Randomized, controlled trials1-3 and real-world population studies4,5 have shown that vaccines against severe acute respiratory syndrome coronavirus 2 (SARS-CoV-2), the virus that causes coronavirus disease 2019 (Covid-19), have prevented infection and adverse outcomes from several SARS-CoV-2 variants, including the B.1.1.7 (alpha) and B.1.617.2 (delta) variants.6-8 Vaccination may also prevent onward transmission both by reducing symptomatic infections and asymptomatic infections (and therefore the number of infectious persons) and by reducing onward spread from persons who have become infected despite vaccination. Household studies have shown that vaccination reduced onward transmission of the alpha variant from persons who became infected despite vaccination.9-12 One hypothesized mechanism is that viral loads observed in persons infected with the alpha variant after vaccination7,13 are lower than those among unvaccinated persons, and the viral load is associated with the likelihood of infection in contacts.14,15
However, in persons infected with the delta variant, viral loads are similar in vaccinated and unvaccinated persons,8,16 although the duration of viral shedding may be reduced.17,18 The absence of a reported difference in viral loads between vaccinated and unvaccinated infected persons calls into question whether vaccination controls the spread of the delta variant as effectively as it controls the spread of the alpha variant and whether, with increased transmissibility,19 the maintained viral load after vaccination explains the rapid global spread of the delta variant despite increasing vaccination coverage.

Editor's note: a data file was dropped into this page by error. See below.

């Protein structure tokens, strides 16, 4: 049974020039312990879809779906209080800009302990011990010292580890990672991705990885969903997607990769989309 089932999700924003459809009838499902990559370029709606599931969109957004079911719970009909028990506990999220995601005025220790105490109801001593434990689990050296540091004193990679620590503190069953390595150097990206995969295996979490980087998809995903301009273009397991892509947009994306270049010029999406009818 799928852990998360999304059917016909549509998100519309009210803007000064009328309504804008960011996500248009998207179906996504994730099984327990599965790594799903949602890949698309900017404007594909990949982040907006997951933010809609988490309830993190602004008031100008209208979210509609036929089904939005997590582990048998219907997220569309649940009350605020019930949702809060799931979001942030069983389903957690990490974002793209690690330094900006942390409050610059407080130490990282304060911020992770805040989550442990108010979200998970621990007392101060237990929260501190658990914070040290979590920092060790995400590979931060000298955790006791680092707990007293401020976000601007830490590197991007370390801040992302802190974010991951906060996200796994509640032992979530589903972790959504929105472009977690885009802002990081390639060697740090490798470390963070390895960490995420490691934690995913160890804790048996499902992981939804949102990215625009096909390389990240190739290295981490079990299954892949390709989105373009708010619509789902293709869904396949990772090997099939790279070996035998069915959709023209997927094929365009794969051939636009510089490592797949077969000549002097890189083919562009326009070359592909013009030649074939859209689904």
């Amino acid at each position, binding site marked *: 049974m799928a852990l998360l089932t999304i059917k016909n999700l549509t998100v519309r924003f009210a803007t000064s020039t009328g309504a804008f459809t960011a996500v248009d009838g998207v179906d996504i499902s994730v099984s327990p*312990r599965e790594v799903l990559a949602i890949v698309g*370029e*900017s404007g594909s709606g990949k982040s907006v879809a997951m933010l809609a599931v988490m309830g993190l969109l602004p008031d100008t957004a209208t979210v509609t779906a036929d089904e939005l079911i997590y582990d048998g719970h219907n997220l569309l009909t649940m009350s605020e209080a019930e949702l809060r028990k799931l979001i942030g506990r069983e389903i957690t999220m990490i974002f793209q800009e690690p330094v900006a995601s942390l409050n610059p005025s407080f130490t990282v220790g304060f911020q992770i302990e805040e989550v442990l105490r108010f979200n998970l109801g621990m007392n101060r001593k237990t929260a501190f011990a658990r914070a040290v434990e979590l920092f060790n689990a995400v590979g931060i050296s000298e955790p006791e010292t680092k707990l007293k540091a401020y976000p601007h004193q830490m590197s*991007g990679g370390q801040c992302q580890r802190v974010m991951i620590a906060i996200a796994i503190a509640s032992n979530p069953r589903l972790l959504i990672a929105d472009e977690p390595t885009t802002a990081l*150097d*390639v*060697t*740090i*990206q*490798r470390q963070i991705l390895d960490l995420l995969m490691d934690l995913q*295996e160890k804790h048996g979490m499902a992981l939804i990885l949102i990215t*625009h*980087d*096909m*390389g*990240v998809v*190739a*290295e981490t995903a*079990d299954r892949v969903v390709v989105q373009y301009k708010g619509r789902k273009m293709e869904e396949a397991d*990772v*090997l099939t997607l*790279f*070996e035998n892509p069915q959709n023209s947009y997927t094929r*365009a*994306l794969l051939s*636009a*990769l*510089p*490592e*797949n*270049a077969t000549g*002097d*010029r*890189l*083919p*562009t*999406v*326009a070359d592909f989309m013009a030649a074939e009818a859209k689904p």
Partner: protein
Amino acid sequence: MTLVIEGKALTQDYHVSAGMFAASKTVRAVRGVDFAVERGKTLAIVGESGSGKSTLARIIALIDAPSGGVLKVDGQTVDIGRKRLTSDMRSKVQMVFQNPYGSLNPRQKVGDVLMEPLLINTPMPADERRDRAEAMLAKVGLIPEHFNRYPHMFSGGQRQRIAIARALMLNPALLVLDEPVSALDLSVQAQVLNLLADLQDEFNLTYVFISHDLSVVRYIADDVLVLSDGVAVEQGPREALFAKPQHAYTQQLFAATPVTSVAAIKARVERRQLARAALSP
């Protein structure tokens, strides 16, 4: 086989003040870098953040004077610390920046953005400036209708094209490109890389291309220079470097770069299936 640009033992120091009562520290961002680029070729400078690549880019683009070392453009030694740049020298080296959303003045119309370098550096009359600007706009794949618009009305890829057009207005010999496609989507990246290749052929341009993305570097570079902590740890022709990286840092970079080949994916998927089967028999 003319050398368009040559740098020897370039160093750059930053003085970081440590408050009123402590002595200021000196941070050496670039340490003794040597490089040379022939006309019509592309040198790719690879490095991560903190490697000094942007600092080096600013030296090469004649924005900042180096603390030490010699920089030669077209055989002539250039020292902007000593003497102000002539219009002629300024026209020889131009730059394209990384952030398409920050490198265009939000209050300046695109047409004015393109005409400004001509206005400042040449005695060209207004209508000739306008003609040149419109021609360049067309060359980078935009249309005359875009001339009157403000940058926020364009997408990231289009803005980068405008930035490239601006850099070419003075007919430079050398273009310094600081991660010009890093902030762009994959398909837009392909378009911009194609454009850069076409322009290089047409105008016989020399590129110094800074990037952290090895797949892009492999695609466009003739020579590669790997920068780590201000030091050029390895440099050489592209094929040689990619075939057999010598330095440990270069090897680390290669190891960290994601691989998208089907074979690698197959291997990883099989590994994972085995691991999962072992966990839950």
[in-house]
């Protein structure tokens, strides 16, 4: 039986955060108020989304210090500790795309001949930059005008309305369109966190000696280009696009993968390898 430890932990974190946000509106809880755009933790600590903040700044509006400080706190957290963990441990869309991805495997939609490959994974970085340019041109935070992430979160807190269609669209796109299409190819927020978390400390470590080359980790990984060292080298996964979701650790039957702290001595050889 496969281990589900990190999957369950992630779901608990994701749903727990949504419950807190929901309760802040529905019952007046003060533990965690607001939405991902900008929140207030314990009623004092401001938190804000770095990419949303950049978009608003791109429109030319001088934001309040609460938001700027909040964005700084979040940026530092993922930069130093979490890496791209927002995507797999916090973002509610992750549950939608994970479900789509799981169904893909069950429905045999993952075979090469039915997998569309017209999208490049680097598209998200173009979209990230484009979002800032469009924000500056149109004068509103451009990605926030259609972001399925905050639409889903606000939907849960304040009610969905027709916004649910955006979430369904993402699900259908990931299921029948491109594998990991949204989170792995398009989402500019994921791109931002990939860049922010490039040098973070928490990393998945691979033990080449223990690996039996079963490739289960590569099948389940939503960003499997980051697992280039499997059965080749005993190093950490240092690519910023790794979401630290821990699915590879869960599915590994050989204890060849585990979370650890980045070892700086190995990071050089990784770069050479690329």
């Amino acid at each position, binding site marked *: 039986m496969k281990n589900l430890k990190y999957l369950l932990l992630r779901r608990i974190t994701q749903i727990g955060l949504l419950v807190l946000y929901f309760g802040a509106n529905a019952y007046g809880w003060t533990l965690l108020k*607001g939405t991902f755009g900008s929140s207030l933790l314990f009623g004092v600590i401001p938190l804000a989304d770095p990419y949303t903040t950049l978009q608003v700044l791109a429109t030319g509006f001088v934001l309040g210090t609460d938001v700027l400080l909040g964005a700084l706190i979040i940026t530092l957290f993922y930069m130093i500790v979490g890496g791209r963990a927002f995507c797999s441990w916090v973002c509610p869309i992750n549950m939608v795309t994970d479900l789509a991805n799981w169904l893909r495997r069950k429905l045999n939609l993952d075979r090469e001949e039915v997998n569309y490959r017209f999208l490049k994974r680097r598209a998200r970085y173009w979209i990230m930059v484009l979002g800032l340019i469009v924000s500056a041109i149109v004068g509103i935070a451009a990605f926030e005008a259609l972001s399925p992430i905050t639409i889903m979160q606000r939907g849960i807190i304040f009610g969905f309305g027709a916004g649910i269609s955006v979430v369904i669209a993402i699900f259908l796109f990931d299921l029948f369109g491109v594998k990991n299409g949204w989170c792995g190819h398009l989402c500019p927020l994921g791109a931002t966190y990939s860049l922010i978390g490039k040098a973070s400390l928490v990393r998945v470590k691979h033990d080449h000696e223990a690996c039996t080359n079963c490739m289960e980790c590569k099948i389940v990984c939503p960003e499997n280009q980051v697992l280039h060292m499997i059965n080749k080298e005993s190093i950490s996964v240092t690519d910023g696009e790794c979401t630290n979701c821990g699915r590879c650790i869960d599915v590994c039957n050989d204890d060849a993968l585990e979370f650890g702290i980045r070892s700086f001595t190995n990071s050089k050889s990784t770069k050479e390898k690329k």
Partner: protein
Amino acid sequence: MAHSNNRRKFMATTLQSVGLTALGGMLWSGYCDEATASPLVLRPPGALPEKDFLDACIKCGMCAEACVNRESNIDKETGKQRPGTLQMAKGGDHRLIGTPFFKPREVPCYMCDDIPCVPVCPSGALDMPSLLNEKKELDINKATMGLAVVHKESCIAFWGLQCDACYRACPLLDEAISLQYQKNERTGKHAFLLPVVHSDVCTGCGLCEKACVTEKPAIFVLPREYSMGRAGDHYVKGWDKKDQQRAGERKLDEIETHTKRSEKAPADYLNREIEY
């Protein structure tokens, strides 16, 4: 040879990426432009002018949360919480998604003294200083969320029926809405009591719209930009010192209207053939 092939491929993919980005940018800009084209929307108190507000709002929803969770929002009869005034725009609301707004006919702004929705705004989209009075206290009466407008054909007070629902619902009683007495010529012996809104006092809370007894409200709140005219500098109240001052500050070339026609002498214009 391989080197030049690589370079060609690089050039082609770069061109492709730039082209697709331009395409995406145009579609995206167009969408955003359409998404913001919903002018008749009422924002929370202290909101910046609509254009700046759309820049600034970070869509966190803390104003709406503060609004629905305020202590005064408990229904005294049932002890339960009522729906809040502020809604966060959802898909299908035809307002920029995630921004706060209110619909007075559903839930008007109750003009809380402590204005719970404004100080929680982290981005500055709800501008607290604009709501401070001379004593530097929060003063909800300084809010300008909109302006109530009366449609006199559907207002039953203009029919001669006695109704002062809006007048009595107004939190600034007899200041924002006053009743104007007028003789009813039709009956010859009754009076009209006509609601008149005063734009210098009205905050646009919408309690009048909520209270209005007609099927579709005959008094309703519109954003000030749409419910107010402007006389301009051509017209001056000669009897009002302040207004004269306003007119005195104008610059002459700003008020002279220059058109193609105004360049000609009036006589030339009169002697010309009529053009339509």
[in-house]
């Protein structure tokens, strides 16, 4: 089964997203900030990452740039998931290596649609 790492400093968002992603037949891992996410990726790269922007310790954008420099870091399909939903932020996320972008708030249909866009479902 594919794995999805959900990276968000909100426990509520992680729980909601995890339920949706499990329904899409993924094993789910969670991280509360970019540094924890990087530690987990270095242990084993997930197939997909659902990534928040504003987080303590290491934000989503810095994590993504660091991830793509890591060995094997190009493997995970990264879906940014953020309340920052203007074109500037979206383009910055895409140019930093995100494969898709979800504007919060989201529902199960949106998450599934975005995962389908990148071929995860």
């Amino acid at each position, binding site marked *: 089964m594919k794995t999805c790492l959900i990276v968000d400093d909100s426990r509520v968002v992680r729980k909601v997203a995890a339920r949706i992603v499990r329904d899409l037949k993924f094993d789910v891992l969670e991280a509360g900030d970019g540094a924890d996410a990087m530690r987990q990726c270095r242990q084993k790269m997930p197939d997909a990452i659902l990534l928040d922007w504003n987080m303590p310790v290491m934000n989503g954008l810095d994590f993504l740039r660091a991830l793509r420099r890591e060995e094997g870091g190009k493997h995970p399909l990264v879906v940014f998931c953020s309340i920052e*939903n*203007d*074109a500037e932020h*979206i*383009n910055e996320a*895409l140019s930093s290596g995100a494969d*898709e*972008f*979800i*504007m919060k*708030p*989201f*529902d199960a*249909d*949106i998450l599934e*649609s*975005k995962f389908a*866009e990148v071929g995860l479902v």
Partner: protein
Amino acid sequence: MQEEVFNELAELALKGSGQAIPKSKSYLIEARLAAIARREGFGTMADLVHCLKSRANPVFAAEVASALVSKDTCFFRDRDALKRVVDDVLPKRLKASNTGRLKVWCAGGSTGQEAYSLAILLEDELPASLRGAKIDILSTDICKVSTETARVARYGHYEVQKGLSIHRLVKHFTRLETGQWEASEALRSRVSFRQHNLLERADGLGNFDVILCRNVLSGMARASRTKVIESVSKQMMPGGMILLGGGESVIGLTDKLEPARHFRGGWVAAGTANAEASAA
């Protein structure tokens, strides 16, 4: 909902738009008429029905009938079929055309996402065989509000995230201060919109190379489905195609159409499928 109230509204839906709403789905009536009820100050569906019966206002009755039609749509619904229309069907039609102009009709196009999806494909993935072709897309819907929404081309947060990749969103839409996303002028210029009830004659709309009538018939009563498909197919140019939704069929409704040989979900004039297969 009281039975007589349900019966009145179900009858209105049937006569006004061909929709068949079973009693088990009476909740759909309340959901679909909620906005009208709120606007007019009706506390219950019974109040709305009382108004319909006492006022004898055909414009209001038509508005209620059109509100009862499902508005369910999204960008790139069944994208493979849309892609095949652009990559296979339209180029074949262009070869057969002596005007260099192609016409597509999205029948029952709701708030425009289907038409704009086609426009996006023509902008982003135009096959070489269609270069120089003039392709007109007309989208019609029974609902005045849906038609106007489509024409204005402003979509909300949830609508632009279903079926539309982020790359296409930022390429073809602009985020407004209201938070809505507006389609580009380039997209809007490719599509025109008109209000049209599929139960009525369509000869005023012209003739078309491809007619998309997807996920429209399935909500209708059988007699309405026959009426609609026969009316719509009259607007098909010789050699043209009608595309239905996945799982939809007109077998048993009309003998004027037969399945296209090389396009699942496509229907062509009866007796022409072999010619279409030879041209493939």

We used national contact-testing data from England to investigate the effect of vaccination on onward transmission of SARS-CoV-2. We also examined how this effect varies with the alpha and delta variants.
Index Patients, Contacts, and Variants
We performed a retrospective observational cohort study involving adult contacts (≥18 years of age) of symptomatic or asymptomatic SARS-CoV-2–infected adult index patients. Data were obtained from the National Health Service (NHS) Test and Trace, a contact-tracing and testing service. Contacts (persons living in the same household or in face-to-face distance from an index patient, within <1 m for ≥1 minute or within <2 m for ≥15 minutes) were eligible for inclusion in the study if they had undergone polymerase-chain-reaction (PCR) testing 1 to 10 days after the index patient had a positive PCR test (typically after the development of symptoms of Covid-19, but also after positive asymptomatic antigen screening). The 1- to 10-day period was chosen to enrich for contacts for whom the index patient was the most likely source of any infection15 (details about alternative periods that were tested in a sensitivity analysis are provided in the Supplementary Appendix, available with the full text of this article at NEJM.org).